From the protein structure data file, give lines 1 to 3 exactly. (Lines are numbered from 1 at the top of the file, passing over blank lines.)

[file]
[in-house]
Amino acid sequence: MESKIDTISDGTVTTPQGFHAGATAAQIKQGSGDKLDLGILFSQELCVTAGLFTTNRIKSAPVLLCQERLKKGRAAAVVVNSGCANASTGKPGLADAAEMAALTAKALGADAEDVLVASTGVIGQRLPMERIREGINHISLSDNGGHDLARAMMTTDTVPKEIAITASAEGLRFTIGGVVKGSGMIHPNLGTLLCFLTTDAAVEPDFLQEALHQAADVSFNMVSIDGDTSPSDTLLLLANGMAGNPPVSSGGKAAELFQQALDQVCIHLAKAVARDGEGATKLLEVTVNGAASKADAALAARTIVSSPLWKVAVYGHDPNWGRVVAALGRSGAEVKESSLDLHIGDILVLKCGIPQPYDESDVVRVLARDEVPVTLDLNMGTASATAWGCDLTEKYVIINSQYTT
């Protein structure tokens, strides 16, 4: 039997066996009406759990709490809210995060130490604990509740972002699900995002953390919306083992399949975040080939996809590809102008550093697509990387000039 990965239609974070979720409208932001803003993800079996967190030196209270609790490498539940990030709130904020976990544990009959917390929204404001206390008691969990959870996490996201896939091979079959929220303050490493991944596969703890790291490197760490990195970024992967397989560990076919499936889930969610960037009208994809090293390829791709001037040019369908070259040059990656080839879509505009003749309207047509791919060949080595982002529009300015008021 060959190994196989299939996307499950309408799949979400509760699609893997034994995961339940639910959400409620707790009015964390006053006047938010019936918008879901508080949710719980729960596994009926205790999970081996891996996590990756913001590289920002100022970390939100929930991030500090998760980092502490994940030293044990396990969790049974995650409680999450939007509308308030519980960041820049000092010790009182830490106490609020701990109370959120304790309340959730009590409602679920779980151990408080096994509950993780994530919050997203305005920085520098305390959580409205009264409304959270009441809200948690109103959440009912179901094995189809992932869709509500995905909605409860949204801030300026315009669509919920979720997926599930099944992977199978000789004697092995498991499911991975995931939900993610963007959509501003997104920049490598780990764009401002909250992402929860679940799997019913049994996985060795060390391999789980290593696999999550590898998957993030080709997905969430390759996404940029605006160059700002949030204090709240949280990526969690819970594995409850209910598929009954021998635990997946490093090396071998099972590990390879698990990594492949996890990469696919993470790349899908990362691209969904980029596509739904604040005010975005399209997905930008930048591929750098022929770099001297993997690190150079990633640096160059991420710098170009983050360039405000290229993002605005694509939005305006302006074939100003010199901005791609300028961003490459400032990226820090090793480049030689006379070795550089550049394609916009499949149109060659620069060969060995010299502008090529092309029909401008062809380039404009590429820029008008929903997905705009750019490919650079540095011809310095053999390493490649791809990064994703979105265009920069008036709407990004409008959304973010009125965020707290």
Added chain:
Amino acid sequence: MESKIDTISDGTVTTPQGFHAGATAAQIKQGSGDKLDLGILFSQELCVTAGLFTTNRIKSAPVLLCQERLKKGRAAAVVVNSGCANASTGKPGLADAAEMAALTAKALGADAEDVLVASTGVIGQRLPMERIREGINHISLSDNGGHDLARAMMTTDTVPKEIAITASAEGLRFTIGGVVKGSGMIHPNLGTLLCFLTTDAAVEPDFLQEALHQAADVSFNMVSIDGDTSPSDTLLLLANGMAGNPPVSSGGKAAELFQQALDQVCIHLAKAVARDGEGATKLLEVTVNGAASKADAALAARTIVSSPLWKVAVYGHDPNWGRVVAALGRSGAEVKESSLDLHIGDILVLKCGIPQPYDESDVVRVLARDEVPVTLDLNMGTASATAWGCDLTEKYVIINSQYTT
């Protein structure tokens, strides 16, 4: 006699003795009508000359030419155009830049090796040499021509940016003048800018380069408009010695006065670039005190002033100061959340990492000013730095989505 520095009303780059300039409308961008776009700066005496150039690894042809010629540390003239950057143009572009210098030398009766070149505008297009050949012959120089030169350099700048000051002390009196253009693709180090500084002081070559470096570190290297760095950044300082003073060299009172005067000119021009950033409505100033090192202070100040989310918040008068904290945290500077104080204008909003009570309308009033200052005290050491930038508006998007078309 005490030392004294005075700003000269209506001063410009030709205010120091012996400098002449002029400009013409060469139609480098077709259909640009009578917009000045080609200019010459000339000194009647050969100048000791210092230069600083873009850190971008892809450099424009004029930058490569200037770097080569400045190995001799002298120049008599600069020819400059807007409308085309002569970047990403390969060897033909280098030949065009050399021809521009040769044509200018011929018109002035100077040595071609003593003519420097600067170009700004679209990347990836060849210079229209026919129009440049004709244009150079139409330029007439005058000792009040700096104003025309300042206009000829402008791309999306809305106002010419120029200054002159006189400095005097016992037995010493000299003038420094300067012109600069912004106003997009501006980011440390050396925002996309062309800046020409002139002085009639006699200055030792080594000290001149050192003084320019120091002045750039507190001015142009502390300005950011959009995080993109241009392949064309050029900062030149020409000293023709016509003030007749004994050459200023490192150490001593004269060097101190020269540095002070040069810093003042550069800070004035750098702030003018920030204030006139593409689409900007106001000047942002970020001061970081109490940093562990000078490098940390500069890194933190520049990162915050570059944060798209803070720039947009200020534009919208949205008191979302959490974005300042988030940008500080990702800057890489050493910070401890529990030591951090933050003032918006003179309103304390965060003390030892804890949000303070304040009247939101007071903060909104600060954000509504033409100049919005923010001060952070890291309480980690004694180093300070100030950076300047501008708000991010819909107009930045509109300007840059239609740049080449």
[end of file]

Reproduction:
[in-house]
Amino acid sequence: MESKIDTISDGTVTTPQGFHAGATAAQIKQGSGDKLDLGILFSQELCVTAGLFTTNRIKSAPVLLCQERLKKGRAAAVVVNSGCANASTGKPGLADAAEMAALTAKALGADAEDVLVASTGVIGQRLPMERIREGINHISLSDNGGHDLARAMMTTDTVPKEIAITASAEGLRFTIGGVVKGSGMIHPNLGTLLCFLTTDAAVEPDFLQEALHQAADVSFNMVSIDGDTSPSDTLLLLANGMAGNPPVSSGGKAAELFQQALDQVCIHLAKAVARDGEGATKLLEVTVNGAASKADAALAARTIVSSPLWKVAVYGHDPNWGRVVAALGRSGAEVKESSLDLHIGDILVLKCGIPQPYDESDVVRVLARDEVPVTLDLNMGTASATAWGCDLTEKYVIINSQYTT
């Protein structure tokens, strides 16, 4: 039997066996009406759990709490809210995060130490604990509740972002699900995002953390919306083992399949975040080939996809590809102008550093697509990387000039 990965239609974070979720409208932001803003993800079996967190030196209270609790490498539940990030709130904020976990544990009959917390929204404001206390008691969990959870996490996201896939091979079959929220303050490493991944596969703890790291490197760490990195970024992967397989560990076919499936889930969610960037009208994809090293390829791709001037040019369908070259040059990656080839879509505009003749309207047509791919060949080595982002529009300015008021 060959190994196989299939996307499950309408799949979400509760699609893997034994995961339940639910959400409620707790009015964390006053006047938010019936918008879901508080949710719980729960596994009926205790999970081996891996996590990756913001590289920002100022970390939100929930991030500090998760980092502490994940030293044990396990969790049974995650409680999450939007509308308030519980960041820049000092010790009182830490106490609020701990109370959120304790309340959730009590409602679920779980151990408080096994509950993780994530919050997203305005920085520098305390959580409205009264409304959270009441809200948690109103959440009912179901094995189809992932869709509500995905909605409860949204801030300026315009669509919920979720997926599930099944992977199978000789004697092995498991499911991975995931939900993610963007959509501003997104920049490598780990764009401002909250992402929860679940799997019913049994996985060795060390391999789980290593696999999550590898998957993030080709997905969430390759996404940029605006160059700002949030204090709240949280990526969690819970594995409850209910598929009954021998635990997946490093090396071998099972590990390879698990990594492949996890990469696919993470790349899908990362691209969904980029596509739904604040005010975005399209997905930008930048591929750098022929770099001297993997690190150079990633640096160059991420710098170009983050360039405000290229993002605005694509939005305006302006074939100003010199901005791609300028961003490459400032990226820090090793480049030689006379070795550089550049394609916009499949149109060659620069060969060995010299502008090529092309029909401008062809380039404009590429820029008008929903997905705009750019490919650079540095011809310095053999390493490649791809990064994703979105265009920069008036709407990004409008959304973010009125965020707290």